Daylily rust, caused by Puccinia hemerocallidis, was first reported in the United States in 2000; it is thought to have been brought on plants from Costa Rica. The disease quickly spread in 2001, appearing in most of the eastern half of the United States. It drew much publicity that year. The disease was discussed in issues 15 and 20 of the 2001 newsletter. Symptoms include various spots and streaks on foliage, from pale yellow to brown. Within these spots and streaks, you find rust pustules on either the upper or lower leaf surface. Spores are yellow-orange to reddish brown and wipe off when rubbed. You can see these easily with a hand lens.
According to the scientific literature, this rust fungus has multiple hosts. The uredial/telial stages of the fungus are reported on daylily and hosta. Fortunately, the rust has not been found on hosta in the United States. The aecial host reported in scientific literature is Patrinia, but that host has not been reported in the United States either. The fungal stage found on daylily is the repeating stage: It can repeatedly reinfect daylily without an alternate host.
The good news is that daylily rust has not shown an ability to overwinter in Illinois. There really are some advantages to our cold winters! One of the first reporters of daylily rust is Jean Williams-Woodward, a Georgia plant pathologist. She said that rust did not overwinter and return after the winter of 2001 even in her Georgia gardens.
If you manage to bring daylily rust to your garden in Illinois, it quickly spreads to other daylilies by wind and air currents. Spores need only 4 hours of nearly 100% humidity and moderate temperatures to germinate, so infection is rapid. Still, the fungus dies in the winter, and it does not kill your plants. Keep these facts in mind when choosing management options.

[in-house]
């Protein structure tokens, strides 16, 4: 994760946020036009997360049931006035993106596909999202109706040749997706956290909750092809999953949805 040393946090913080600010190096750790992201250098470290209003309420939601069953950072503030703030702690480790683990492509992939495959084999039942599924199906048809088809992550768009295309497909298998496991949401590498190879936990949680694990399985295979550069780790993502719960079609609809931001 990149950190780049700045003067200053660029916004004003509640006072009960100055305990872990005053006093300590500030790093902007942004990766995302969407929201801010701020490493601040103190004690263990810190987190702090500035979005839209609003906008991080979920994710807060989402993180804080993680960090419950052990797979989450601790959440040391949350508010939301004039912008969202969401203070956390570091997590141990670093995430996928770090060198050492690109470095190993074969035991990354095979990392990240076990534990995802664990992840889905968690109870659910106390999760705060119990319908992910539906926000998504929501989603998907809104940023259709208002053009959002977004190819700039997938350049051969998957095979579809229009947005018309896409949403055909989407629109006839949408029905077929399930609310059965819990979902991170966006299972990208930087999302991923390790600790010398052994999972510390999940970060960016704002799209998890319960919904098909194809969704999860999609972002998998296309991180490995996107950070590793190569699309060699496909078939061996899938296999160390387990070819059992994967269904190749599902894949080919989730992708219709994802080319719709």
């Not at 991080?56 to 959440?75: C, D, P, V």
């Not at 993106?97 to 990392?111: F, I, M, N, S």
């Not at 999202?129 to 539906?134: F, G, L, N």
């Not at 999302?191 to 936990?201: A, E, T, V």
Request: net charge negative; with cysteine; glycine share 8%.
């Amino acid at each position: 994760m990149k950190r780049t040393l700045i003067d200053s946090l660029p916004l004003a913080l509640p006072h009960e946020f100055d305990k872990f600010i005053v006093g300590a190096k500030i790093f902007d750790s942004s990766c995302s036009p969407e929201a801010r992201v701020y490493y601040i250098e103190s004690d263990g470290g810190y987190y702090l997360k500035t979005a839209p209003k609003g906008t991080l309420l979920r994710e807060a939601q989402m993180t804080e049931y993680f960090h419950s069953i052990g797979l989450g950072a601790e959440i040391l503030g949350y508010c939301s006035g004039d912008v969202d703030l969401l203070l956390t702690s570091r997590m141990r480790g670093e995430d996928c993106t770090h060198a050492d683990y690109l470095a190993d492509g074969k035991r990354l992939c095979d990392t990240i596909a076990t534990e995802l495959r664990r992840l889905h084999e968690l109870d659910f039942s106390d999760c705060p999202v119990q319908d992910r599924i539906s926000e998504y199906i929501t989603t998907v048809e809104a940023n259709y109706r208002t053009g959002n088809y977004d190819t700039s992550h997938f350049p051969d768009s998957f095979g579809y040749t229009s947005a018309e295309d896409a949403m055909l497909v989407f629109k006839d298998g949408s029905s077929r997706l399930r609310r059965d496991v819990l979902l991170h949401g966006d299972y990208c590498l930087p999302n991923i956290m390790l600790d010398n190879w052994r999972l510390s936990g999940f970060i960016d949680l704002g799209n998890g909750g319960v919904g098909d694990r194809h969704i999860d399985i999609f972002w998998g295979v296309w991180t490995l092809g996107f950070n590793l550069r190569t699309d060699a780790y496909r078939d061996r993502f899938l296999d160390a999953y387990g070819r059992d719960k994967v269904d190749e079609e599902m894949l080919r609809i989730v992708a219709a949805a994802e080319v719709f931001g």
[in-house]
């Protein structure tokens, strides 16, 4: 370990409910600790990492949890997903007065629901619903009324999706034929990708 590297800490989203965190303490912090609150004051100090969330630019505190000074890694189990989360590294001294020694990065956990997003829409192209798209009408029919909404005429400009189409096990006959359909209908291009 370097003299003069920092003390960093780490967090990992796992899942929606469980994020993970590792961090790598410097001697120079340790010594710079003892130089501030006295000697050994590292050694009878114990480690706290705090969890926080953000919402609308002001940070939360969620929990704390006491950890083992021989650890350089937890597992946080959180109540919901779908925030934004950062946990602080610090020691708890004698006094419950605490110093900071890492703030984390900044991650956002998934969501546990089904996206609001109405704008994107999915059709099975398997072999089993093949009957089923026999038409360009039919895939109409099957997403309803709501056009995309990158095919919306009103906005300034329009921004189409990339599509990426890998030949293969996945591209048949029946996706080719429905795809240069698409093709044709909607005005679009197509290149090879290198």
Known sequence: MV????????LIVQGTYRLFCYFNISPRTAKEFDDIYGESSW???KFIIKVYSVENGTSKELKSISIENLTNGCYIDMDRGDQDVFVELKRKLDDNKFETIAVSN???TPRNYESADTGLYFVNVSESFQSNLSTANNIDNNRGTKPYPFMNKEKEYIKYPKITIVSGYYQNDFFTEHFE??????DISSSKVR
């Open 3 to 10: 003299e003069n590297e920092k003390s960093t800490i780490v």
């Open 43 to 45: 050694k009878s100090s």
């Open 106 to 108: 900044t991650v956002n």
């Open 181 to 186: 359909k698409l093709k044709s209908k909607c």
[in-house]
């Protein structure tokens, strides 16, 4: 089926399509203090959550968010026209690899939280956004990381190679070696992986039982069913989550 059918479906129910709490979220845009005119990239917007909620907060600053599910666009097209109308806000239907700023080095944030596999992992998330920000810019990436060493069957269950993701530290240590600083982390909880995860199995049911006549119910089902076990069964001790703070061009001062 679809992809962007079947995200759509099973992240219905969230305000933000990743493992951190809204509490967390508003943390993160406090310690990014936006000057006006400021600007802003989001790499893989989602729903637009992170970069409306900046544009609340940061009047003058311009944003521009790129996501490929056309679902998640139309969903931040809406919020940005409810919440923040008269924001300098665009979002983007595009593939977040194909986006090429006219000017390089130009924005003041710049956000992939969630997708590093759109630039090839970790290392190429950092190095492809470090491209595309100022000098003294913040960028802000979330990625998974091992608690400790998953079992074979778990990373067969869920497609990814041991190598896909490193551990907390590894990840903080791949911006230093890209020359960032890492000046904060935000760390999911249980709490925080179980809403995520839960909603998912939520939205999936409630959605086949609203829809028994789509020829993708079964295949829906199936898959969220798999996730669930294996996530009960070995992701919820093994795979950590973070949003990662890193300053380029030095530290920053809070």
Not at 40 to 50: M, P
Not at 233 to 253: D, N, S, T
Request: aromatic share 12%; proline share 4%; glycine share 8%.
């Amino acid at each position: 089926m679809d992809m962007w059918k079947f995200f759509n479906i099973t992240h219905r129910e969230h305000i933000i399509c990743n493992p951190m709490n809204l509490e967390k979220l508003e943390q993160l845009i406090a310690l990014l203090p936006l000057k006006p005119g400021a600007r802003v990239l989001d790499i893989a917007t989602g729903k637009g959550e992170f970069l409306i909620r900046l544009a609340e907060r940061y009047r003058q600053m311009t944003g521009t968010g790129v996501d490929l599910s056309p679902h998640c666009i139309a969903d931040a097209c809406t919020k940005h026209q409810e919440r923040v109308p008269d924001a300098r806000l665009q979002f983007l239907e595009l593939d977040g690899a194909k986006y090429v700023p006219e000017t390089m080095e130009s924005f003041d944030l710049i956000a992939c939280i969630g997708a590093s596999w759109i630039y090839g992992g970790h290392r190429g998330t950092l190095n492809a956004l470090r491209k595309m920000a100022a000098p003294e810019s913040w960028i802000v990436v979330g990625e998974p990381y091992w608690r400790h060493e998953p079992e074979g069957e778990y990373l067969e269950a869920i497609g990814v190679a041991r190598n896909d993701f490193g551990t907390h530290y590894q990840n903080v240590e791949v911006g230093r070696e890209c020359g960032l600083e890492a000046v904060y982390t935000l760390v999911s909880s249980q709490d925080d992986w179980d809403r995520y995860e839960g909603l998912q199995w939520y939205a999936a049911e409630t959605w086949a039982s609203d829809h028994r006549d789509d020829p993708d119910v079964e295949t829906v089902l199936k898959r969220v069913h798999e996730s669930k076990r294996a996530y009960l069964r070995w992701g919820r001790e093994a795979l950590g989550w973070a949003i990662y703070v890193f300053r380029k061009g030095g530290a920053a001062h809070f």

Most Illinois daylily rust cases we have seen were bought with mail-order plants. Williams-Woodward suggests treating mail-order plants as follows. Remove all leaves except the central bud. Soak the plant for 10 minutes in 10% Clorox before planting. As an extra precaution, isolate new plants until new leaves emerge free of rust. You can also stop planting susceptible cultivars. Research on varietal resistance is under way. A study in Arkansas is described at http://daylilies.uaex.edu/.
If you choose to use fungicides, there are many choices. Chemical options are available to protect new leaves from infection, but a strict spray program of 7 to 14 days all summer is needed to keep the disease at bay. Homeowners often see success with chlorothalonil and mancozeb, which are protectant-contact chemicals. At least two systemic products packaged for homeowners work against rusts--propaconizole (Fertilome Systemic) or myclobutanil (Immunox). Commercial growers usually use systemic products such as myclobutanil (Systhane), triadimefon (Bayleton, Strike), propaconizole (Banner Maxx), azoxystrobin (Heritage), and flutolanil (Contrast, Prostar). Refer to issue 20, 2001, for details on chemical concerns.